Gordon muses over what we can expect to see in Hannover this year.
By the time you read this both Andy and myself will already be scurrying the halls of Hannover in a frantic attempt to make sense of the 6,000+ exhibitors squashed into over 310,000 square metres of space. This is CeBIT 2007 people, Europe’s largest IT event.
Grandiose intros apart however CeBIT, like its US equivalent CES, is actually coming under increasing pressure and this year we walk/push/fight our way into it with the show under something of a cloud. Rumours are rife that major names will be pulling out of next year’s show and that the entire format is floored with companies said to prefer their own dedicated occasions and promotions rather than being crammed into stalls alongside competitors.
That said, there is no doubt CeBIT makes a grand spectacle for the public and press alike so while the future, especially in technology, is a vast sprawling mass of unknown we’ll continue to enjoy it until we’re told otherwise.
Speaking of which the future was how my coverage of last year’s event ended. I mused about the increasing convergence in mobile phones and the public’s ability to operate them, the ongoing war between Blu-ray and HD DVD and the potentially dimming role of optical media in general (just two days ago, the subject of our latest editorial). I also speculated about the take off of HD ready TVs despite the dearth of content actually available for them and I stated that the time gap between that show and this show was unlikely to provide many answers. Unfortunately, I was right.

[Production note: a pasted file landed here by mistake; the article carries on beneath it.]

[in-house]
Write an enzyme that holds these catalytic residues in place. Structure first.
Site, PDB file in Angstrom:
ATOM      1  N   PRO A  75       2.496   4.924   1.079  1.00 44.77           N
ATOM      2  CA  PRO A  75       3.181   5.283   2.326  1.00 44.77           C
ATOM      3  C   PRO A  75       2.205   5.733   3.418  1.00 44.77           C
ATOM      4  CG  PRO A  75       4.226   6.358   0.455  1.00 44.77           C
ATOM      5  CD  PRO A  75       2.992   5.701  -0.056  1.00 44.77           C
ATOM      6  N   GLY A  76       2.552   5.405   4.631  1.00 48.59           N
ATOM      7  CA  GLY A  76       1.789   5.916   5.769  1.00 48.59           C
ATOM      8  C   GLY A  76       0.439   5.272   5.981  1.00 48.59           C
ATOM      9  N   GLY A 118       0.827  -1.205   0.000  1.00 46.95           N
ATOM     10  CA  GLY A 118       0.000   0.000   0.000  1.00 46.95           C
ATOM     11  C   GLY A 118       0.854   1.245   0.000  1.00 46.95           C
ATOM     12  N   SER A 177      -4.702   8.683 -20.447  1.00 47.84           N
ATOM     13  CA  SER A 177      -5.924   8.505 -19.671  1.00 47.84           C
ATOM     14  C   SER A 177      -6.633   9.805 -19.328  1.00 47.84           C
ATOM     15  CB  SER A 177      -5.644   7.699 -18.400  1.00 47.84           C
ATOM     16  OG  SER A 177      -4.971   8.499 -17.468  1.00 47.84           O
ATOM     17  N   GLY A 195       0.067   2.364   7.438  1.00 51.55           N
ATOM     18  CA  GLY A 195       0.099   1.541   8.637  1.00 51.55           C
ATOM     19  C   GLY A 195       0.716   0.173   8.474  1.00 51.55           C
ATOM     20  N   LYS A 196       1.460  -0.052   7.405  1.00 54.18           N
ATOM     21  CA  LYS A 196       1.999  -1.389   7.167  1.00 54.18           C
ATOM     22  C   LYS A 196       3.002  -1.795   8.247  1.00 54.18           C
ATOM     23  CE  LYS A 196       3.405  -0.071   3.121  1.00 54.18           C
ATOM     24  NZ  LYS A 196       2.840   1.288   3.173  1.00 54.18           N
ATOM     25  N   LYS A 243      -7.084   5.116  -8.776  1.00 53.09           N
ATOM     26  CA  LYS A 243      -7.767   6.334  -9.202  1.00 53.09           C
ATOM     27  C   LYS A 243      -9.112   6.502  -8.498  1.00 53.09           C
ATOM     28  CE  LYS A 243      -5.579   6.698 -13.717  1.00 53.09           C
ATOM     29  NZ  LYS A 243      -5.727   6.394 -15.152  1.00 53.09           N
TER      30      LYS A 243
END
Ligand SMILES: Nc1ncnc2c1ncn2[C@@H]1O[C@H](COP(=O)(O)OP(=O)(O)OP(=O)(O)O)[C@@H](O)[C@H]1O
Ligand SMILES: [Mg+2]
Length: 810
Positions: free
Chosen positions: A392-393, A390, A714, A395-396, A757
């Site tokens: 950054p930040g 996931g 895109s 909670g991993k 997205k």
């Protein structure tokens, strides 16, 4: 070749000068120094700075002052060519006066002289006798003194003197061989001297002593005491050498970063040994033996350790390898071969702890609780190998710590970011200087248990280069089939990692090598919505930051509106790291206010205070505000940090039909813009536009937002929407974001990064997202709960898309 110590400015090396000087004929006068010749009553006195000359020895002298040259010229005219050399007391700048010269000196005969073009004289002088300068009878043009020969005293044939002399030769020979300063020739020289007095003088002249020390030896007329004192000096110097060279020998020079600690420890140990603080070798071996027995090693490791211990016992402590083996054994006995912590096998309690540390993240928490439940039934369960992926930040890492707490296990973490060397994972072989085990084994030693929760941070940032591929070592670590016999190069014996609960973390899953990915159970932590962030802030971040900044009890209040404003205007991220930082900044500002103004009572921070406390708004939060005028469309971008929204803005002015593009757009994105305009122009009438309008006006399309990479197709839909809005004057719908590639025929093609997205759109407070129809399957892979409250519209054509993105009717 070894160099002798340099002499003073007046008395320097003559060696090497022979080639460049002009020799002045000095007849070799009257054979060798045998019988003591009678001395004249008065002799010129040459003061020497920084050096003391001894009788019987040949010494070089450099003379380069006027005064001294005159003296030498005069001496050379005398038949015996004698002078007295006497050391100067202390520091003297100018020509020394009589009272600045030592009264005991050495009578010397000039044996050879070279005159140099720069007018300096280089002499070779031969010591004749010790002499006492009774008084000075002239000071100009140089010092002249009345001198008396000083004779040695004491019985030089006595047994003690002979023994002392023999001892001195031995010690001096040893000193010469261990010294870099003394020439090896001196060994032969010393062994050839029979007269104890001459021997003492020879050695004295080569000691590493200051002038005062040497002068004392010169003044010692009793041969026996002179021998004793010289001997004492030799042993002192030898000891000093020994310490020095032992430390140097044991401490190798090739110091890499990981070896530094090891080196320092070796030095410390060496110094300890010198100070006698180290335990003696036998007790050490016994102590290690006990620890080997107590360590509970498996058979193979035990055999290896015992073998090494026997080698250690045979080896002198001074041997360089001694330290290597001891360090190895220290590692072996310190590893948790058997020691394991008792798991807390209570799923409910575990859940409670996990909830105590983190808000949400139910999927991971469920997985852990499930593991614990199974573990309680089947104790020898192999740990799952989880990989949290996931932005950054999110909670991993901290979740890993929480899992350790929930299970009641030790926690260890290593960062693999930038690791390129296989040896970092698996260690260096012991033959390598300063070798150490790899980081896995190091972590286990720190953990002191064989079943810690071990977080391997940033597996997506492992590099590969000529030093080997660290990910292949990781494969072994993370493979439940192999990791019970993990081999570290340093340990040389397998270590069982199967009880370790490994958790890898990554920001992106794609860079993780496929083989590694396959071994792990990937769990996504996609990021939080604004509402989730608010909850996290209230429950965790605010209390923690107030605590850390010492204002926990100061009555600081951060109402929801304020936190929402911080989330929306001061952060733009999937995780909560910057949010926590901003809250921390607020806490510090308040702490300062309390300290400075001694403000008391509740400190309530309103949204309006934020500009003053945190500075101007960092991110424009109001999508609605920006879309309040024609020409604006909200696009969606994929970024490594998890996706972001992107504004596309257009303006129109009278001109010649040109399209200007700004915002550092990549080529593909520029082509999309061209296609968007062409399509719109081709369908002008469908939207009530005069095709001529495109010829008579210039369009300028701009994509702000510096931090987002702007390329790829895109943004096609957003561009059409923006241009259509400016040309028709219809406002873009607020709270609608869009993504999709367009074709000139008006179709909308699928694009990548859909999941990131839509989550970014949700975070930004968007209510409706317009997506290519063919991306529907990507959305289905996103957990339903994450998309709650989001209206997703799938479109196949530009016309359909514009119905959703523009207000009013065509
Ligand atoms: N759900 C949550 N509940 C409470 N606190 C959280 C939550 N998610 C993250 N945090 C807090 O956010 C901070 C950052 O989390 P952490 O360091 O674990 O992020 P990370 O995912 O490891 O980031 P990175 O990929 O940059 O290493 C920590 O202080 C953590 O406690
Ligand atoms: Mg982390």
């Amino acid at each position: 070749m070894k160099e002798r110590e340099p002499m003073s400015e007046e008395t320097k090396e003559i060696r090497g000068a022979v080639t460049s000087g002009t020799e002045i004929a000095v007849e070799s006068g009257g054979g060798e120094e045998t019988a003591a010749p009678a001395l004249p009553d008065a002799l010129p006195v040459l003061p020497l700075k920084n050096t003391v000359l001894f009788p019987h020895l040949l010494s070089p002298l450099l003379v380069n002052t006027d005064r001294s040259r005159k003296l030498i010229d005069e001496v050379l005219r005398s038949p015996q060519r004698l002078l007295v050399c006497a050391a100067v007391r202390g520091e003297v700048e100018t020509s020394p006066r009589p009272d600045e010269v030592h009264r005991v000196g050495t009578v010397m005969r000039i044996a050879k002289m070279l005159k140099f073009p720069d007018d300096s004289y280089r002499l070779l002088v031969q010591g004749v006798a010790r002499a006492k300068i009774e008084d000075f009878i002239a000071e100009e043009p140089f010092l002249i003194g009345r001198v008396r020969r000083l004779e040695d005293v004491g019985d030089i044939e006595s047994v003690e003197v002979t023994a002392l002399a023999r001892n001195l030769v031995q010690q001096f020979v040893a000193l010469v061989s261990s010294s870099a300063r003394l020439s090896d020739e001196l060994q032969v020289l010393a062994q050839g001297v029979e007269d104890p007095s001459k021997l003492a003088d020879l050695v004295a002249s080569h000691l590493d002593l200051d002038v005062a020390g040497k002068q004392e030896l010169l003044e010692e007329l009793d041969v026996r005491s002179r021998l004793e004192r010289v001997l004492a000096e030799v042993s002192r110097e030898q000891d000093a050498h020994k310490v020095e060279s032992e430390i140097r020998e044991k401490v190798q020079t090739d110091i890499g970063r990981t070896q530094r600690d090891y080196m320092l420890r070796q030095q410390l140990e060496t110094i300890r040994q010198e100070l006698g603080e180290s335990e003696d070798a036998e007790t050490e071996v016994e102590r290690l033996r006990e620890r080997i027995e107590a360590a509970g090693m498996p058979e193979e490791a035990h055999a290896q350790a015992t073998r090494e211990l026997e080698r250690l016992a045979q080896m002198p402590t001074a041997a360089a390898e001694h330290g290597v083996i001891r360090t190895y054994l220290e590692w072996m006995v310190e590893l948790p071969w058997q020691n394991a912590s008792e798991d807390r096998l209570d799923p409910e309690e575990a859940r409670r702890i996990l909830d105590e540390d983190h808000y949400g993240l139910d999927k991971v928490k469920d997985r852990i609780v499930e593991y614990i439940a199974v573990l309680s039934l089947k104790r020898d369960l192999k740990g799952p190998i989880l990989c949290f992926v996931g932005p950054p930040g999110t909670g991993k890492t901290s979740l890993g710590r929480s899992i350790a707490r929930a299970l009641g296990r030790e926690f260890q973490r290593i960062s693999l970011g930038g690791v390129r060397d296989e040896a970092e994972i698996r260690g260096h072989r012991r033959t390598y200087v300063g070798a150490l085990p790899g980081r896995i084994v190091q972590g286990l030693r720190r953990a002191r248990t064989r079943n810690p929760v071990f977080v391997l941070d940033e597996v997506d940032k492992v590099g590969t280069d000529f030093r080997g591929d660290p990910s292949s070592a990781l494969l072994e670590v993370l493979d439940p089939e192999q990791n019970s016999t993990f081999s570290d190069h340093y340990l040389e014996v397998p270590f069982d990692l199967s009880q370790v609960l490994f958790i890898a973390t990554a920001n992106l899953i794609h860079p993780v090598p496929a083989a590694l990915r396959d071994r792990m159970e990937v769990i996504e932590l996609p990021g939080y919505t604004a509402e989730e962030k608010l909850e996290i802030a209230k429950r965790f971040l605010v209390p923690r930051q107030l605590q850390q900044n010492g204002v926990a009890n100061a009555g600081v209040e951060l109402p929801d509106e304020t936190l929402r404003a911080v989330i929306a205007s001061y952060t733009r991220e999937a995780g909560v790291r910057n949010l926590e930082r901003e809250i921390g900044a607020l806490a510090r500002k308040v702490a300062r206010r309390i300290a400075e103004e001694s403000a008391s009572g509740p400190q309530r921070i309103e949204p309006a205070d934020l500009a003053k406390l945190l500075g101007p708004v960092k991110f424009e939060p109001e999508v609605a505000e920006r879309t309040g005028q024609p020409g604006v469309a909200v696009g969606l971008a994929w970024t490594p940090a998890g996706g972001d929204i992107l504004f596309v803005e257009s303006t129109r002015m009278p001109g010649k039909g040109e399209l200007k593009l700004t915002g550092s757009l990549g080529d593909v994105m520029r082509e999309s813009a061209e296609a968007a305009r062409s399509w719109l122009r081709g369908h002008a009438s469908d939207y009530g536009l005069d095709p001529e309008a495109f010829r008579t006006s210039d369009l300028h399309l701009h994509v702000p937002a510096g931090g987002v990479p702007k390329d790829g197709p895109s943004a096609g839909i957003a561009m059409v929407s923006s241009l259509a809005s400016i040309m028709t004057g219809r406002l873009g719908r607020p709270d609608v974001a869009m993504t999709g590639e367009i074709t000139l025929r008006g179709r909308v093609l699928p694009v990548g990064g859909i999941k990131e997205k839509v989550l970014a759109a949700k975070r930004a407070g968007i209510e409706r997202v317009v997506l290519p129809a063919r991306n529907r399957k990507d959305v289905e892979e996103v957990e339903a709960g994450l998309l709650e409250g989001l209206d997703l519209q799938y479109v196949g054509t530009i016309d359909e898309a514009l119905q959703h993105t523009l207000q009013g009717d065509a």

While Blu-ray may now have a strong sales advantage over HD DVD (largely due to the eventual launch of the PlayStation 3) its victory is by no means in the bag. Likewise the public still seem reticent to splash out on the more complex mobile handsets, preferring anorexic fashion phones and the ratio of standard to high definition TV content remains about 100 channels to one (though sales of the sets themselves are stronger than ever).
So what will CeBIT 2007 provide? Most vitally, I would suggest: second generation products. That means cheaper, better equipped HD players, slimmer ”more fashionable” smartphones and increasingly affordable ‘Full HD’ LCDs and plasmas. There should be more PMPs and less MP3 players, it may also be the year we see the UMPC find its feet.
In essence, with ‘second generation devices’ (and I mean this phrase to surmise the industry, not refer to specific devices from specific manufacturers) the public begins to ”see” the potential of a particular product range, type or format. It is then the early adopters are pushed aside by the masses whose preferences ultimately decide the fate of each industry sector.
So CeBIT 2007 is likely to be about making a choice. Where are the masses likely to turn? We’ll know more in six days. So strap yourselves in… It’s Athletes’ Foot time!